Inside Politics

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Should Congress make English the official language of the U.S.?

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Hola, America

The best way to learn English is to jettison Spanish-language media, said California Gov. Arnold Schwarzenegger.

“You’ve got to turn off the Spanish television set,” the Austrian-born Republican told 300 members of the National Association of Hispanic Journalists on Wednesday night.

“It’s that simple. You”ve got to learn English,” said Mr. Schwarzenegger, whose native language is German. “I know this sounds odd and this is the politically incorrect thing to say and I”m going to get myself in trouble. But I know that when I came to this country, I very rarely spoke German to anyone.”

The governor said tutoring and after-school programs are essential but emphasized that immigrants should avoid a Spanish-only life and learn English.

“They’re busy working. They don’t have time to,” countered Pilar Marrero of the Spanish-language newspaper La Opinion.

Yee-haw

Folks in Texas have a few notions about welcoming Sen. Hillary Rodham Clinton on her campaign stop there today.

Dick Collins, founder of the Dallas-based anti-Hillary “educational” group Stop Her Now, will fly a giant aerial banner over downtown Dallas this afternoon. The New York Democrat’s plane is due to stop and refuel sometime during that period.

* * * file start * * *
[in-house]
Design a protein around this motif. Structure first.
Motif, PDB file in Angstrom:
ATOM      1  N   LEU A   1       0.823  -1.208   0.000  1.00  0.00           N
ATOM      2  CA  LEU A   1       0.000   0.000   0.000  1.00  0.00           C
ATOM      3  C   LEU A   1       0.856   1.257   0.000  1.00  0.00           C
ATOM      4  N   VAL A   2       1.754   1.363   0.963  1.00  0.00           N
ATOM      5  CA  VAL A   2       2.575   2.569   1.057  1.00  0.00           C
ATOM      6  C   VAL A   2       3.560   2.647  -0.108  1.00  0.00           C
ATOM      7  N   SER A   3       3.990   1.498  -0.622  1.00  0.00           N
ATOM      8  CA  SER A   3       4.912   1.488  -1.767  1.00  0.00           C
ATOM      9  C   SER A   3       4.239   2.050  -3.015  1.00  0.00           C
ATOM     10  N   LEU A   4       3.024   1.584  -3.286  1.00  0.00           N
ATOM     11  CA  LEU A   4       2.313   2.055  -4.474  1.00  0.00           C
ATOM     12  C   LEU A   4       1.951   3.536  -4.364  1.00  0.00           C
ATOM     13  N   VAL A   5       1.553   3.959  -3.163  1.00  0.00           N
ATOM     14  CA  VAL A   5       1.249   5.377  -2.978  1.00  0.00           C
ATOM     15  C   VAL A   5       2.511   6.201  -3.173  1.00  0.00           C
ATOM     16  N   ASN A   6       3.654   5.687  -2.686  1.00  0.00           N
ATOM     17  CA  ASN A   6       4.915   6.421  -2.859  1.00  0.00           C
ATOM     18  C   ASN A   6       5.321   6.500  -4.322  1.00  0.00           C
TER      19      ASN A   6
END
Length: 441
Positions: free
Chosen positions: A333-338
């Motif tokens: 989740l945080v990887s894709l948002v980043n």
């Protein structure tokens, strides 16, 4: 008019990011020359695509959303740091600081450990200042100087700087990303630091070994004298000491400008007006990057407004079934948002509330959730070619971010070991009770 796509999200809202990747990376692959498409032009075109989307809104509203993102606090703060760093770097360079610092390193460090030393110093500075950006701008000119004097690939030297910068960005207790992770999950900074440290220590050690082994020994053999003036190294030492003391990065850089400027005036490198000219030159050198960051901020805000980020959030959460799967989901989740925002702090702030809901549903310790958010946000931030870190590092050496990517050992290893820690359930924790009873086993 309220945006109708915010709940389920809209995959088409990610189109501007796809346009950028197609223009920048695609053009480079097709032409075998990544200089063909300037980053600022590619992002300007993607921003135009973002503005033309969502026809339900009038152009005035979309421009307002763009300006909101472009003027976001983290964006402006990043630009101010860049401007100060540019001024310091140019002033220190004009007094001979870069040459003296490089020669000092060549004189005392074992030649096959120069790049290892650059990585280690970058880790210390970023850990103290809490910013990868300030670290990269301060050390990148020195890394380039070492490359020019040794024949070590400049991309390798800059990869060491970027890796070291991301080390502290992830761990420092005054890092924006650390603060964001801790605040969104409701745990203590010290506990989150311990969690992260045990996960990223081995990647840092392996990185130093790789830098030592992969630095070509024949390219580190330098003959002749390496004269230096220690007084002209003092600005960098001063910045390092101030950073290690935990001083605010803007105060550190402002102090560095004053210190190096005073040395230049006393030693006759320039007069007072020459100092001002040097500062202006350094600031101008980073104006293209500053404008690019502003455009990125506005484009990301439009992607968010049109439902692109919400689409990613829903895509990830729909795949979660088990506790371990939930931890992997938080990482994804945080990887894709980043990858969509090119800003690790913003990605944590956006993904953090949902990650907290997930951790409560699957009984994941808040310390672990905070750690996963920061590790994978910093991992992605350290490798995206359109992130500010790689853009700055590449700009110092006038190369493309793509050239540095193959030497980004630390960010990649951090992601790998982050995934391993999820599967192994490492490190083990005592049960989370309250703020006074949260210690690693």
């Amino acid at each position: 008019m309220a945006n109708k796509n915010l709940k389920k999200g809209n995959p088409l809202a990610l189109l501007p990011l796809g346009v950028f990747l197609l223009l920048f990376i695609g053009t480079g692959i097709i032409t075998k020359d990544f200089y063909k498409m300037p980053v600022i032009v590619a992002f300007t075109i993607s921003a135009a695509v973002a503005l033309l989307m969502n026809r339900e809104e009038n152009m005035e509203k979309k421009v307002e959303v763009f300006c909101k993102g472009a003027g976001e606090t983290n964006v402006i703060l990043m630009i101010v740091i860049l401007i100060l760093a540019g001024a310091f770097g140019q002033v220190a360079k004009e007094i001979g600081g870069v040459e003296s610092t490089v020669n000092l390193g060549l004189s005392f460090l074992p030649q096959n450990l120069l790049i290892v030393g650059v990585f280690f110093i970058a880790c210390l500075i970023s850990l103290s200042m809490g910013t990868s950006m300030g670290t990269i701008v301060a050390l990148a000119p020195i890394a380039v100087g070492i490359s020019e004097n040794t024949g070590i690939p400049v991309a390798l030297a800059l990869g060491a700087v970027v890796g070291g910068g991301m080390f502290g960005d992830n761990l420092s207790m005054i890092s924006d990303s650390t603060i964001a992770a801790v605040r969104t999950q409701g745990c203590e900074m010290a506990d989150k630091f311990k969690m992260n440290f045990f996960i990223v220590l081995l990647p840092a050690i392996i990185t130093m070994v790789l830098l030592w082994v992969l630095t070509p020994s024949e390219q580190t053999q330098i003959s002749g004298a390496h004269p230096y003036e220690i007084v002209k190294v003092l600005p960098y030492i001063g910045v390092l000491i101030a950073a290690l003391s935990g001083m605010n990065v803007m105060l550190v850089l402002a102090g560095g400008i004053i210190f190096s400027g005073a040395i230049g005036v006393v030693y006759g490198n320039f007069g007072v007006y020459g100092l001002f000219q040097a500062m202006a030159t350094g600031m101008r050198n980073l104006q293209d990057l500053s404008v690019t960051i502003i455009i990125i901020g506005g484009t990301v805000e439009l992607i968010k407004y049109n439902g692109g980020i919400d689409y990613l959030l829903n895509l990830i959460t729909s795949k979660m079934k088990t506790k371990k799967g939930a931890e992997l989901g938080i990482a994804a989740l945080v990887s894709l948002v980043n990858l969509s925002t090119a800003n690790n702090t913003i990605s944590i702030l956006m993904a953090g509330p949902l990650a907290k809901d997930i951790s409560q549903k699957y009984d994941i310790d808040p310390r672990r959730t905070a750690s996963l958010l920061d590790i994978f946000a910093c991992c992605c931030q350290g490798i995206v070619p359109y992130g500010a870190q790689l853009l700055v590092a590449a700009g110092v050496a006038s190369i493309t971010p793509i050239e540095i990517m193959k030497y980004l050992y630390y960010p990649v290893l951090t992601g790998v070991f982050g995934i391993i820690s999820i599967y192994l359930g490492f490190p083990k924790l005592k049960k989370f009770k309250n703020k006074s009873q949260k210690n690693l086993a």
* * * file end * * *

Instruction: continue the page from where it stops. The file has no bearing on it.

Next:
“We want to make sure Senator Clinton receives a proper Texas welcome,” Mr. Collins said. “Our mission is to follow Hillary across the country, exposing her liberal ideology. Senator Clinton makes this easy when she drops into our back yard.”

The banner is rumored to say something along the lines of “rescue America from the radical ideas of Hillary.” The group has a substantial Web site, a blog, MySpace and Facebook pages and its own YouTube channel.

“Our Facebook group boasts more members than Senator Mike Gravel, Senator Chris Dodd, Senator Sam Brownback, Governor Mike Huckabee, Representative Tom Tancredo, and Representative Duncan Hunter. We have become the most interactive presidential education Web site on the Internet,” Mr. Collins said.

Screen gems

CNN has embraced YouTube and Google with a trusting flourish.

“This is the future,” CNN executives said yesterday as they revealed plans to allow everyday voters to get all Wolf Blitzer-y and submit debate questions via YouTube, suggesting that submissions be “compelling, personal and relevant.” And no longer than 30 seconds.

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